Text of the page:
As if it were not confounding enough to watch Ronald Reagan in cozy conversation with communist leader Mikhail Gorbachev, Washington is simultaneously challenged to contemplate the possibility of a harmonious Democratic Party. The world is indeed turning upside down.
For at least as long as Ronald Reagan thought of the Soviet Union as the "Evil Empire,'' reporters have been able to think of the Democrats as the "Quarrelsome Kingdom.'' Some of us even had our word processors programmed to type the phrase ''Democratic disarray'' with a single keystroke.
Before the summit drove the politicians briefly underground, the last sounds heard were loud insults among prominent Republicans. Their intramural crudities contrasted with the dulcet voices of sweet reason from the Democratic choir.
The Republican right was in full cry against its old hero, Reagan, for agreeing to an arms deal with Russia. Confronted with a treaty that polls say two-thirds of the American voters are inclined to approve, many conservative activists could do nothing but howl in protest. One of them, the Conservative Caucus' Howard Phillips, called Reagan ''a useful idiot for Soviet propaganda,'' and another, direct-mail fund-raiser Richard Viguerie, called him an ''apologist for Gorbachev.''
Four of the six Republican presidential candidates joined a batch of Republican senators in denouncing Reagan's handiwork and/or his rhetoric. Remarkable as this outburst on the right was, it paled in wonder to the sudden outbreak of harmony among the Democrats. In last week's NBC television debate, all six of their presidential candidates chirped endorsements of the Reagan-Gorbachev treaty and cheerily minimized any disagreements among themselves on any other aspects of foreign policy.
Now anyone over the age of 8 knew the Democrats' good behavior could not last. Indeed, as soon as the NBC debate shifted to domestic issues, the Democratic candidates were happily snapping verbal towels off each other's backsides, making sure the sting could be felt.
Knowing of that primal instinct for self-annihilation, Democratic National Committee Chairman Paul G. Kirk Jr. has bravely declared the 1988 party platform off limits for intraparty ideological warfare. At a summit of his own last week, he assembled the Democratic leaders of the House and the Senate and the chairman of the Democratic governors to endorse his proposal that the platform be kept short, sweet and noncontroversial.
Instead of another 45,000-word document like the 1984 platform, with ''a line here or a word there . . . to satisfy every disparate group in our diverse society,'' Kirk recommended the Democrats write a brief ''open letter'' to the American people, simple and bland enough so no Democratic candidate anywhere would need to repudiate it and no Republican would find it profitable to attack.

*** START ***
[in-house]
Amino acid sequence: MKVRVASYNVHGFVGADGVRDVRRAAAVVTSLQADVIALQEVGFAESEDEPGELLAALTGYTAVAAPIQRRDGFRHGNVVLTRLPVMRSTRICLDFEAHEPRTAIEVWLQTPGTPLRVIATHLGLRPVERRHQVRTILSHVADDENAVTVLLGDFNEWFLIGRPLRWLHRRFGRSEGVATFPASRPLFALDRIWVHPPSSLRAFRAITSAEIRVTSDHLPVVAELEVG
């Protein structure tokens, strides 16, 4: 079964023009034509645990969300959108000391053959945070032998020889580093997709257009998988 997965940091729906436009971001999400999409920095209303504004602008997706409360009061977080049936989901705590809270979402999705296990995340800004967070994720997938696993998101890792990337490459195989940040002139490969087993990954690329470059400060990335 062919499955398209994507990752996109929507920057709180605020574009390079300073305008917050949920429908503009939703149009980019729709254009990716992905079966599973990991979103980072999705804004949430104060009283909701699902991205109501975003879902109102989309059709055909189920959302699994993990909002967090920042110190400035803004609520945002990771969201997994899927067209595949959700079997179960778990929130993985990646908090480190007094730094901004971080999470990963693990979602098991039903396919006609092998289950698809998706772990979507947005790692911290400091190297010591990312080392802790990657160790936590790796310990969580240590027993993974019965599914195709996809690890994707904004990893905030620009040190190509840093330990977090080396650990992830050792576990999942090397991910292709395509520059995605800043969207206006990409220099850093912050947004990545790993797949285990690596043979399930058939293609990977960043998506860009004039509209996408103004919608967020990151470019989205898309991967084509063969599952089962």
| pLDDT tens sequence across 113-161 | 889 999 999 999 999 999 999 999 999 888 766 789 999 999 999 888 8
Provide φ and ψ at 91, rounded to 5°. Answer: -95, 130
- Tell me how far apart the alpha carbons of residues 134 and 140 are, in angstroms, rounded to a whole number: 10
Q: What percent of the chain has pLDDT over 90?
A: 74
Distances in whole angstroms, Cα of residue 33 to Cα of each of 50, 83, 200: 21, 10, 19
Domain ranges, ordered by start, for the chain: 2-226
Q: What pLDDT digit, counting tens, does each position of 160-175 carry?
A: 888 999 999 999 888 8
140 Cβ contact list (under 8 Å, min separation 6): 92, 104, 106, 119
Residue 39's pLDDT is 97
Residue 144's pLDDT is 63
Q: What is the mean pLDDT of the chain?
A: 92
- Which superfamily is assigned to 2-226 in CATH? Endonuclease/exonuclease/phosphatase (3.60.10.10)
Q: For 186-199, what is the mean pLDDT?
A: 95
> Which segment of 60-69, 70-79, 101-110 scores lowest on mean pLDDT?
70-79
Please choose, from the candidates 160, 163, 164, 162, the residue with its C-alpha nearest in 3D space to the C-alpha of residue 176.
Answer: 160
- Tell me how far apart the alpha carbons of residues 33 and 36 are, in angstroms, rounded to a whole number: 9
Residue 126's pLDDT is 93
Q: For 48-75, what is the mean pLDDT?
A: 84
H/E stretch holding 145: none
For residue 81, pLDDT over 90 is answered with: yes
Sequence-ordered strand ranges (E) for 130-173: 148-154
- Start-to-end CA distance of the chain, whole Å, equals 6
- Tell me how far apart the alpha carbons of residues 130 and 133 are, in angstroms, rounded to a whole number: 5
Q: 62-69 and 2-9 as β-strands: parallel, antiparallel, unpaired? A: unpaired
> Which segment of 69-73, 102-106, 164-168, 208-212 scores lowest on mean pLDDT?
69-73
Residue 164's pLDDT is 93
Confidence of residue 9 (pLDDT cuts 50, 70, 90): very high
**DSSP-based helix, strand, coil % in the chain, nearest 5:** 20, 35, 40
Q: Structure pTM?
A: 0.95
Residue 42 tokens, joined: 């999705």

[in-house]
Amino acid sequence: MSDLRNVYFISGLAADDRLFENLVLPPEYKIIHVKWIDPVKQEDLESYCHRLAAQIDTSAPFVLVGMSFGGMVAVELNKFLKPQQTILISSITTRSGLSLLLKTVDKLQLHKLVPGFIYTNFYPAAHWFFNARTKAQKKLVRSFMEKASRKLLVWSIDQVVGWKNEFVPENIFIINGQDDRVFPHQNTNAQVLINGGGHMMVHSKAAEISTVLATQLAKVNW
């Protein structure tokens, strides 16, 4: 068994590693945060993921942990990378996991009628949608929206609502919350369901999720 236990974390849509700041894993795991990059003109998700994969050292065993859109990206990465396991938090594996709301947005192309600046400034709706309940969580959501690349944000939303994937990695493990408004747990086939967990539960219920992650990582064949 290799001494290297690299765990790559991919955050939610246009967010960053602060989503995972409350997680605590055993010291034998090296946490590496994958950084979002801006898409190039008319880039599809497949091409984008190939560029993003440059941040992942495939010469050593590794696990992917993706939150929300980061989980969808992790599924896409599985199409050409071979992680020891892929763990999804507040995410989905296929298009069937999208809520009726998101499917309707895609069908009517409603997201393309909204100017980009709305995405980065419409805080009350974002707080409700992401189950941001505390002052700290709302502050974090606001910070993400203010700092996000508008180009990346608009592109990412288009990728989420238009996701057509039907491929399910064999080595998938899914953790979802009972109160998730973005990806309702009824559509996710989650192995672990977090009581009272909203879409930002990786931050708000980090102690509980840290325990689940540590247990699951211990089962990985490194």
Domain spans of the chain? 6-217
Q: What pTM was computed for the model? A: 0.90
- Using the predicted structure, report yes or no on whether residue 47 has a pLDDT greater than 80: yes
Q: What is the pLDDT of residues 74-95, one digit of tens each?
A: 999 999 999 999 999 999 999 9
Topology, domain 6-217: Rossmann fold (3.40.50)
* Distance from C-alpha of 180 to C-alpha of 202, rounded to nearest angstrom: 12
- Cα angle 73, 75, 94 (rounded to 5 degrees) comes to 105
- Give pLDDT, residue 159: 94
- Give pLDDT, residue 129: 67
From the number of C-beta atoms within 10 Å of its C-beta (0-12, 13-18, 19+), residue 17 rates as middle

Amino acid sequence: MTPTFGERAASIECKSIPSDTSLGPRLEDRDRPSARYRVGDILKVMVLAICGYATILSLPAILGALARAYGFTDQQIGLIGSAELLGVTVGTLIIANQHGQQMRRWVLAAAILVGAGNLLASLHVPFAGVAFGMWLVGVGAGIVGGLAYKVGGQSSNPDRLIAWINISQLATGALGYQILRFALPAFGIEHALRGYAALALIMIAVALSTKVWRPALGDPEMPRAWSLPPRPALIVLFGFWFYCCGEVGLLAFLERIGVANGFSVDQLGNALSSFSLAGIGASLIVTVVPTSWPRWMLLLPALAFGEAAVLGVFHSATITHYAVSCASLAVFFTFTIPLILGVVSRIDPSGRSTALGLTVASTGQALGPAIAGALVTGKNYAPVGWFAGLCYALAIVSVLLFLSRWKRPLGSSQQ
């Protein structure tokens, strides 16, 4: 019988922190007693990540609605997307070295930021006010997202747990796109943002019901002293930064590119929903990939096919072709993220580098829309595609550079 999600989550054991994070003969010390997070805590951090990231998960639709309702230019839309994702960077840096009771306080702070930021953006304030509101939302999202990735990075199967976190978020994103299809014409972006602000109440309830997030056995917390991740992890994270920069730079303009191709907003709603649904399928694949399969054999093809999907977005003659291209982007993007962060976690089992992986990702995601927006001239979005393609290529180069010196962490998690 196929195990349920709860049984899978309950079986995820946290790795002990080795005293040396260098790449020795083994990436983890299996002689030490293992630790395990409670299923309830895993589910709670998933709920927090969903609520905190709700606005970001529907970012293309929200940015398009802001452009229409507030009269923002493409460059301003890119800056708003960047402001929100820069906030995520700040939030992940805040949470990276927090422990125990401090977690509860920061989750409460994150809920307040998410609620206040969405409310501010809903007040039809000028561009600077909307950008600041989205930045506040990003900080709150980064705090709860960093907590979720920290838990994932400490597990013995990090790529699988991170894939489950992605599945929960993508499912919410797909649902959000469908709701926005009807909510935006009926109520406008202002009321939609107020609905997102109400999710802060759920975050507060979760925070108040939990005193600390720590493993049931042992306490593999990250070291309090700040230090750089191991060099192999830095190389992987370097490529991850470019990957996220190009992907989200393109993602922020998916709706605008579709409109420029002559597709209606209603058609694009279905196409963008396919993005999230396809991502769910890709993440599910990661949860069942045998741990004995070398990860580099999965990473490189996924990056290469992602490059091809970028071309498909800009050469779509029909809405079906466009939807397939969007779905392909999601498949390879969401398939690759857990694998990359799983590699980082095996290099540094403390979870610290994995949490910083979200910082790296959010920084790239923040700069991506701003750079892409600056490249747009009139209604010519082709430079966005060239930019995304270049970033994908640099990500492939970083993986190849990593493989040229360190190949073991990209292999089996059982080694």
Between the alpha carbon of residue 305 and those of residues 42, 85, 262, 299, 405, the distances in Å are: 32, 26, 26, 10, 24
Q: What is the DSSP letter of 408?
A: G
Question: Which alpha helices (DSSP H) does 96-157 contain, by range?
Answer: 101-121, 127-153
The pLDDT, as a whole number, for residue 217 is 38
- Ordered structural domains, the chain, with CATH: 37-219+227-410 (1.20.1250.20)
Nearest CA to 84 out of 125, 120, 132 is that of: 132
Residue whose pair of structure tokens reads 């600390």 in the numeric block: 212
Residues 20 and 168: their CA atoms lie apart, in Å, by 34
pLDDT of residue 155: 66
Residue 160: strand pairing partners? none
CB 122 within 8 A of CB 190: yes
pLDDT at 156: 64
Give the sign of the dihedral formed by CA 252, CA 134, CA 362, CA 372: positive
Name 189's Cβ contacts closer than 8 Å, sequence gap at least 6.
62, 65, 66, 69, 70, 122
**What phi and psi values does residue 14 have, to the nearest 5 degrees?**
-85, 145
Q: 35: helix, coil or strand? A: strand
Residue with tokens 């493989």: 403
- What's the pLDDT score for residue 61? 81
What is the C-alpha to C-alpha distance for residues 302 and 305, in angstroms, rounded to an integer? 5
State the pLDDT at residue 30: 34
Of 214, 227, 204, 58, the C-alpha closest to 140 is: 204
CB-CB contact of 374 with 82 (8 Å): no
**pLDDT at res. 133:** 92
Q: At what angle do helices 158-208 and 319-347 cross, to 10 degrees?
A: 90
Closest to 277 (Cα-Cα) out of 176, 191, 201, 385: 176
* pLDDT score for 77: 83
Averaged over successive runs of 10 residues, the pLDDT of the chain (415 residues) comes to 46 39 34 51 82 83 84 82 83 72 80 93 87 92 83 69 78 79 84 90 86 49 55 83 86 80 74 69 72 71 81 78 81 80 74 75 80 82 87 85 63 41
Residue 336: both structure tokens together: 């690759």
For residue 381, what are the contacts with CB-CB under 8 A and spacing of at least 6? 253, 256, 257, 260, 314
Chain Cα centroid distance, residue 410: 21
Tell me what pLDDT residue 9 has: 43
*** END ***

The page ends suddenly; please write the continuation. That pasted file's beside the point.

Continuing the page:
Stay away from ''narrow-interest'' issues like abortion, Kirk suggested -- thereby bringing down the wrath of activist Democratic women's groups. Emphasize such safe promises as ''change'' and ''confidence'' and ''pragmatism'' and, oh yes, ''national teamwork.''
It's almost too easy to parody this as a plea for pabulum. But Kirk, a former Ted Kennedy lieutenant, genuinely has come to believe that the less the Democrats say as a party on the issues, the better chanceDemocratic candidates have to win. He called off the scheduled 1986 midterm policy conference, where liberal party activists were prepared to update the 1984 manifesto.
He found ample justification for his policy of enforced silence in the success Democratic Senate candidates enjoyed last November in conservative states from the Deep South to the Dakotas. Freed of the burden of explaining their party's stance on any issues, they returned the Senate to Democratic control -- and set about writing liberal legislation and blocking conservative appointees.
Kirk would never acknowledge it, but, in fact, he's asking his party to take a lesson from Reagan. Reagan for years played the rhetorical game with Russia; indeed, even when he lost the nomination fight to President Ford at the 1976 convention, he salvaged what he thought was a partial victory by gaining platform language repudiating the policy of de'tente.
But as president, Reagan discovered that when he gave up the pleasure of pronouncing broad moral judgments about the wickedness of the Soviet system, he was able to enlist the Russians' cooperation in accomplishing some of his foreign policy goals. It is that preference for concrete accomplishment that outrages the ideologues of the Republican right.
Now Kirk is challenging the activists of the Democratic left to weigh the relative importance of winning back the White House or writing their favorite planks into the platform. The howls of outrage will be as loud as those Reagan has been hearing, but in the end, as with Reagan, the promise of practical achievement may prevail.